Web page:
Olaus Magnus

Olaus Magnus (* 1490 in Östergötland, † 1557 in Rome; actually Olof Masson ) was a Swedish Catholic priest, cartographer and geographer. He was Bishop of Uppsala.

His main work was the map of Northern Europe Carta marina and the Historia de Gentibus septentrionalibus, which is a commentary to the map. This work was the first geographical representation of the countries of the North in the Renaissance.

The impressions of his work he collected during a trip to Norrland 1518/1519, to which he came over to Nidaros by Pello.

Magnus came to pass in 1524 in the wake of the Reformation as a devout Catholic, and his brother John Magnus, the exiled Archbishop of Uppsala, into exile. When he died, Olaus was called by Pope Paul III. appointed Archbishop of Uppsala, without this, however, could enter his territory. In this capacity he took part in the Council of Trent. As a great zealot for the Catholic faith and opponents of the Lutheran doctrine he took part in the burning of books in Bologna and was instrumental in the creation of books Index by Giovanni Della Casa with. In various inputs he tried leading men of the church to move to open the Counter-Reformation in the Scandinavian countries. 1534 transferred Pope Paul III. him the church and the associated Hospice Santa Brigida in Rome, where he opened a design center of his activities and various writings, including a historical work of his brother published.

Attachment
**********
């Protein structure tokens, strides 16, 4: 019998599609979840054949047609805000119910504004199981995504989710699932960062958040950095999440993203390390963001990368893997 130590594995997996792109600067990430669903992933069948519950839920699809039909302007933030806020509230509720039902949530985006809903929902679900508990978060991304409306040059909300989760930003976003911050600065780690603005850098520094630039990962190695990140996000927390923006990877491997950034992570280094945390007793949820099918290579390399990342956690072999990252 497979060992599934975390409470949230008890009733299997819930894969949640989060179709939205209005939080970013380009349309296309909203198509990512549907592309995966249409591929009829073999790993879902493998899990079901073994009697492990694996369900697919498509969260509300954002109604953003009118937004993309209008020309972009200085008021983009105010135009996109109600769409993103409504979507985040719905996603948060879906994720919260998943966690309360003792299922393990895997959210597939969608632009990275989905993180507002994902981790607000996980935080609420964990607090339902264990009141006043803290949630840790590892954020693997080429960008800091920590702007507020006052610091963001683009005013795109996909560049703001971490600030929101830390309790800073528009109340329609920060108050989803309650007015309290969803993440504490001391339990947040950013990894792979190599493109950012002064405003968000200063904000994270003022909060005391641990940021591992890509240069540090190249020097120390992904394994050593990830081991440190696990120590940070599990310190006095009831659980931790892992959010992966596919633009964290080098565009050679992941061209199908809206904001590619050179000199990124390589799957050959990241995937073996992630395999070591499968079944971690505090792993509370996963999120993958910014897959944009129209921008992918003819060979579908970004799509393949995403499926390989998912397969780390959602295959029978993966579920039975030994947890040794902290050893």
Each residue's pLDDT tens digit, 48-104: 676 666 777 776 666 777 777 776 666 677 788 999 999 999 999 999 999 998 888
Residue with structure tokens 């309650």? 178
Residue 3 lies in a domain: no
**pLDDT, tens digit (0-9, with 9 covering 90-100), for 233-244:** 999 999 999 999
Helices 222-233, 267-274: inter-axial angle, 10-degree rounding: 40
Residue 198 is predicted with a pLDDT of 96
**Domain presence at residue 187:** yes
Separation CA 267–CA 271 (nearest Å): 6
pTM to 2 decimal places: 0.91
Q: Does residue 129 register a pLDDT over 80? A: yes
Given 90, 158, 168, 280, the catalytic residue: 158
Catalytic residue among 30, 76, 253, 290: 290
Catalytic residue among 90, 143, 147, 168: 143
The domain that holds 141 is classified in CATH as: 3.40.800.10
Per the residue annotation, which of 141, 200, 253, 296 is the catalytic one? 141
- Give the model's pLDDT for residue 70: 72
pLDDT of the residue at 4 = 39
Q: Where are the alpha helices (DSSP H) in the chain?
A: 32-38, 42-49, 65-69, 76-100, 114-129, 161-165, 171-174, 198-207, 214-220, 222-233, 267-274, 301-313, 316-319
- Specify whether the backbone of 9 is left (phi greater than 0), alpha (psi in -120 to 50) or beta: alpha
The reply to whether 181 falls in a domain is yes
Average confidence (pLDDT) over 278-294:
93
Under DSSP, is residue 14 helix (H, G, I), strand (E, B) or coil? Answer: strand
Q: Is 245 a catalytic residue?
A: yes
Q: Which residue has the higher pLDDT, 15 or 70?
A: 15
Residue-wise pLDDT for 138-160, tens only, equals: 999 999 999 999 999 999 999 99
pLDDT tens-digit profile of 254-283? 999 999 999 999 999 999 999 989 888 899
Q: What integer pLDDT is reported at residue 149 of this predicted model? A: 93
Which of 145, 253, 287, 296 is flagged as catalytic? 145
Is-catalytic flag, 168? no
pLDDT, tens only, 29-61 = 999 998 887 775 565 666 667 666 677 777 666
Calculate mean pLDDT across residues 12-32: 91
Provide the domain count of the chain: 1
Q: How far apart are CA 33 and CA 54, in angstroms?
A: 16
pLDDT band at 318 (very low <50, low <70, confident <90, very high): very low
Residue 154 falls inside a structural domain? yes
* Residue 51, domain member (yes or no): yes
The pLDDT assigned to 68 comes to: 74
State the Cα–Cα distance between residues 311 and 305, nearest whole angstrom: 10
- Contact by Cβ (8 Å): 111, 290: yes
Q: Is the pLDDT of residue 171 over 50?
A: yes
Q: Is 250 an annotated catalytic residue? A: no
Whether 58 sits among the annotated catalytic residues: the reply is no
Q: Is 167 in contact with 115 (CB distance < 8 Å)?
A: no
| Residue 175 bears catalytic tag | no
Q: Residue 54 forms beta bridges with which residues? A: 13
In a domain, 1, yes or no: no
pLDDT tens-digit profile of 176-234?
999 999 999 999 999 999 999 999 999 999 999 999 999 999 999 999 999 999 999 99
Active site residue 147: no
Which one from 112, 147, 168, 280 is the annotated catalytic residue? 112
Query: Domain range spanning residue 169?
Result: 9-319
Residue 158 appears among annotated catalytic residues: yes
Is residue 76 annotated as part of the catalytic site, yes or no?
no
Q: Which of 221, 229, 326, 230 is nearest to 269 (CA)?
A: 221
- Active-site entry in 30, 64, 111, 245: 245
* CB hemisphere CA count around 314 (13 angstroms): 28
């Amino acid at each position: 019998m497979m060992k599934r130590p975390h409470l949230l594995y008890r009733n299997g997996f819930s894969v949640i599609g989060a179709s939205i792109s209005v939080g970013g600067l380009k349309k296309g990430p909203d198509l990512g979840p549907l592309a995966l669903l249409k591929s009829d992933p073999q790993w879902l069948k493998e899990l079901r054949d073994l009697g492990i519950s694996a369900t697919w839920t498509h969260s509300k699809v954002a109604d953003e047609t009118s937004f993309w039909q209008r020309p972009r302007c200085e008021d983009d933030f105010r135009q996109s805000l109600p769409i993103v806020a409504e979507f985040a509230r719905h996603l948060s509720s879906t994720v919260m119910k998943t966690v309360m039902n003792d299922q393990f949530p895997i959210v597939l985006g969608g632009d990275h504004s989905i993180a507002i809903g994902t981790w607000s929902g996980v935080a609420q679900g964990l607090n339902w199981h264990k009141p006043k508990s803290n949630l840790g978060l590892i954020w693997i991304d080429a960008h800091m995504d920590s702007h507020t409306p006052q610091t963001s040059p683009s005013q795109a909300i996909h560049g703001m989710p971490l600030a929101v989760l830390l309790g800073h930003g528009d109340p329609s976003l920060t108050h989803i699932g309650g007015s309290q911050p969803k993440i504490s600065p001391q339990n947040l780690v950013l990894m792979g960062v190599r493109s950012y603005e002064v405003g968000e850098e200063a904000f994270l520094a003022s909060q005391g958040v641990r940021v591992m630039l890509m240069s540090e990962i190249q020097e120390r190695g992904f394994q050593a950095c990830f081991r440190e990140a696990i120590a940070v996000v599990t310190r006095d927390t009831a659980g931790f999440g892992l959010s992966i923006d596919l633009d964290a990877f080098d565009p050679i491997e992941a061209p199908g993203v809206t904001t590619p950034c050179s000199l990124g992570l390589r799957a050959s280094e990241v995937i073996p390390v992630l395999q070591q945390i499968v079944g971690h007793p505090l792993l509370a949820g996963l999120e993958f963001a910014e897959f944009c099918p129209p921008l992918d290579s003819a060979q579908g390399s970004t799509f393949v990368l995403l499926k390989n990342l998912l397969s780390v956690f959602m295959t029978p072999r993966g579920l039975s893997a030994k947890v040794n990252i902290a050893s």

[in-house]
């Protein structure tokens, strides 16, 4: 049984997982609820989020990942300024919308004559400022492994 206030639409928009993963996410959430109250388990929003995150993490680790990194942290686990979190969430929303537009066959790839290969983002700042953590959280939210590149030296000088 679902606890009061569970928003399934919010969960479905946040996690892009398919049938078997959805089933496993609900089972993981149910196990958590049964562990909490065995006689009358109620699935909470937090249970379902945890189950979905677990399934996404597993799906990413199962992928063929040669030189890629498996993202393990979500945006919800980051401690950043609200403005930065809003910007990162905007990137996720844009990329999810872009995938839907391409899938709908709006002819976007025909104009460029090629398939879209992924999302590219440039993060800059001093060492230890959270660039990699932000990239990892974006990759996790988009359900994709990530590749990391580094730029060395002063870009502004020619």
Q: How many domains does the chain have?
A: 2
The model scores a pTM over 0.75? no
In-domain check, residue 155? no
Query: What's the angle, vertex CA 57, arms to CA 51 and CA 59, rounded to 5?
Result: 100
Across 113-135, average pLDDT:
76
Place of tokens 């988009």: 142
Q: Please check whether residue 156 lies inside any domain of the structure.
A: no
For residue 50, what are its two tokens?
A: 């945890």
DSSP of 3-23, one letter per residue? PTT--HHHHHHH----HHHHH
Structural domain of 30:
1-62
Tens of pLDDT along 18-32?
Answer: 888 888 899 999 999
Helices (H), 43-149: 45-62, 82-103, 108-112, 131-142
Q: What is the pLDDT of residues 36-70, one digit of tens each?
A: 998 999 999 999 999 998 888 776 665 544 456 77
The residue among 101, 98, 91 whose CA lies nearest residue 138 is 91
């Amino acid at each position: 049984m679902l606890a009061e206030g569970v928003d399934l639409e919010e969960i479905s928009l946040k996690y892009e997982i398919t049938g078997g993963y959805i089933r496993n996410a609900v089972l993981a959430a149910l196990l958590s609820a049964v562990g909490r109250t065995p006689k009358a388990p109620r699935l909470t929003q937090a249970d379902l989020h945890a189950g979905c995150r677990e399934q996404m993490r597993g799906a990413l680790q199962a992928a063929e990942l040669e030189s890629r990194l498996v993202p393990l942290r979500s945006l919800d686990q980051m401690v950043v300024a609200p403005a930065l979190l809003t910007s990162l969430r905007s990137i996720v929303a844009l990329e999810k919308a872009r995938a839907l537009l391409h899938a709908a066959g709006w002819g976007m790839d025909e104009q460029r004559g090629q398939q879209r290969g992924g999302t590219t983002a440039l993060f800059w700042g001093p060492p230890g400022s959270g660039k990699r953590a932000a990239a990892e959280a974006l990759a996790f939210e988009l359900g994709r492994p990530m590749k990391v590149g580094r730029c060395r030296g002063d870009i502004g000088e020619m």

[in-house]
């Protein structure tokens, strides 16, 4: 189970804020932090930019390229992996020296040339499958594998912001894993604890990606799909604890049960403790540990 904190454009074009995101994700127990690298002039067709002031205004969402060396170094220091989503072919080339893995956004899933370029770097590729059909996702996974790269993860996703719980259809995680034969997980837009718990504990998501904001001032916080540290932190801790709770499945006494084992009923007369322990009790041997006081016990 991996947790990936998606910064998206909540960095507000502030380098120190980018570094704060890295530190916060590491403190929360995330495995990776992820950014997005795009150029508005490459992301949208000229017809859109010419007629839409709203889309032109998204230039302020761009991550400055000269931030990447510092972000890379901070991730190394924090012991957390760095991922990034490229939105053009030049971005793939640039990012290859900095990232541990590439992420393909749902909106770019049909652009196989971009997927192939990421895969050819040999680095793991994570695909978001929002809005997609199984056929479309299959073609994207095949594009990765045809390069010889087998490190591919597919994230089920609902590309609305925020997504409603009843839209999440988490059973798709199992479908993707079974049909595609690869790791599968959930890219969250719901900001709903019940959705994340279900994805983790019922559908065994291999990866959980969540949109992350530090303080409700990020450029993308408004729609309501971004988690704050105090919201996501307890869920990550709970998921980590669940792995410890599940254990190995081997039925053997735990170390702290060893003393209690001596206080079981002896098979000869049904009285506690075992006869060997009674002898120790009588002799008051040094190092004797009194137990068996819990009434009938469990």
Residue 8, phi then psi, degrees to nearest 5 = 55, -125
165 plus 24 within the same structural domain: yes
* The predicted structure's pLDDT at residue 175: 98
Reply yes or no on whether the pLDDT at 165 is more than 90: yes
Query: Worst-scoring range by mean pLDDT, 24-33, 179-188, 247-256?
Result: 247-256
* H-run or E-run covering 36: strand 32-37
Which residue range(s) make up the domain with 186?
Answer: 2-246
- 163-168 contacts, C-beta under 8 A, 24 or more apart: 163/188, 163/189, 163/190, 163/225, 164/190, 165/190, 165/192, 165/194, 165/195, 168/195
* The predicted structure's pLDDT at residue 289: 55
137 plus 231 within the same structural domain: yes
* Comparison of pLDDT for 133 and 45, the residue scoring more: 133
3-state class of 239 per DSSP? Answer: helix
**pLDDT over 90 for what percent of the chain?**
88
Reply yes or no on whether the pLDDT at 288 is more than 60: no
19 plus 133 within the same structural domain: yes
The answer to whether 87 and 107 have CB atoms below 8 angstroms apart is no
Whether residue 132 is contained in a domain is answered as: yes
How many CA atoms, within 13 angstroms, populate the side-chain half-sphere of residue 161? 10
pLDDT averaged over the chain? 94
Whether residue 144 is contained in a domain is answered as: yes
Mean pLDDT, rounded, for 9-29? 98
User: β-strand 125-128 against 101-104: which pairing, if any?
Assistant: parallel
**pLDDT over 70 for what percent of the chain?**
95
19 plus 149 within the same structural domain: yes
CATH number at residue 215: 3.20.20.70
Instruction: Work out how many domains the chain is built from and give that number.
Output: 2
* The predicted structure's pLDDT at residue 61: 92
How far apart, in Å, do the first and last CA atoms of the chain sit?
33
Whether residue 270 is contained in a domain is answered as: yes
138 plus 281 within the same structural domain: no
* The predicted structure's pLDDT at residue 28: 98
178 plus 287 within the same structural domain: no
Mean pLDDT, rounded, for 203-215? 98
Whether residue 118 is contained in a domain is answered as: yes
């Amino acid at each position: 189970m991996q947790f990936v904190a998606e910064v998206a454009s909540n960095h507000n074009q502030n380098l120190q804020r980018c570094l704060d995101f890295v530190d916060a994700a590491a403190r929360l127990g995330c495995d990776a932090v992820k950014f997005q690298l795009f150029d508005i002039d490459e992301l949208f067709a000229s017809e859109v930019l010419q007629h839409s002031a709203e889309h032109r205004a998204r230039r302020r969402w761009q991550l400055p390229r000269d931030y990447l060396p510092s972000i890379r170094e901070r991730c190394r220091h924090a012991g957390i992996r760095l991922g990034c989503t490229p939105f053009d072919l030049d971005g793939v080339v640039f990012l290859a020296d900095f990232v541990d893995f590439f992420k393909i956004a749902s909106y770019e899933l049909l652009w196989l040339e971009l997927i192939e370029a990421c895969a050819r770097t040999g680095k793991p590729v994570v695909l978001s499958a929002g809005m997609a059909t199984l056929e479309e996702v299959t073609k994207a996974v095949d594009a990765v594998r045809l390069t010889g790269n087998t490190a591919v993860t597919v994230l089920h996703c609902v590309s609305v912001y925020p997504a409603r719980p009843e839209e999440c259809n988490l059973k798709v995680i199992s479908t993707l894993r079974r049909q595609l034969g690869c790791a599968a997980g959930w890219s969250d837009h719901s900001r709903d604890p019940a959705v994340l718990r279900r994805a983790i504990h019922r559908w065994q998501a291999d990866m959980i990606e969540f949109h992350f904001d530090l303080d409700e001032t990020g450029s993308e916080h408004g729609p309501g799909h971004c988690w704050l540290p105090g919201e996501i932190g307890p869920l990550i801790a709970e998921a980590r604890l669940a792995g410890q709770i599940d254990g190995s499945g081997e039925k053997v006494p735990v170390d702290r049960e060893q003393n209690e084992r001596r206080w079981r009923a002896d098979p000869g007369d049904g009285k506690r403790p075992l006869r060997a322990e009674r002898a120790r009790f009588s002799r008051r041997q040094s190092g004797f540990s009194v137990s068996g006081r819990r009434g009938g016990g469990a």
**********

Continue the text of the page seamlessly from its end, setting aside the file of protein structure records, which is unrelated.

After his death in 1557 he was at the altar of St.. Veronika buried in the Roman Basilica. When his Catholic successors, his nephew Magnus Laurentii was determined.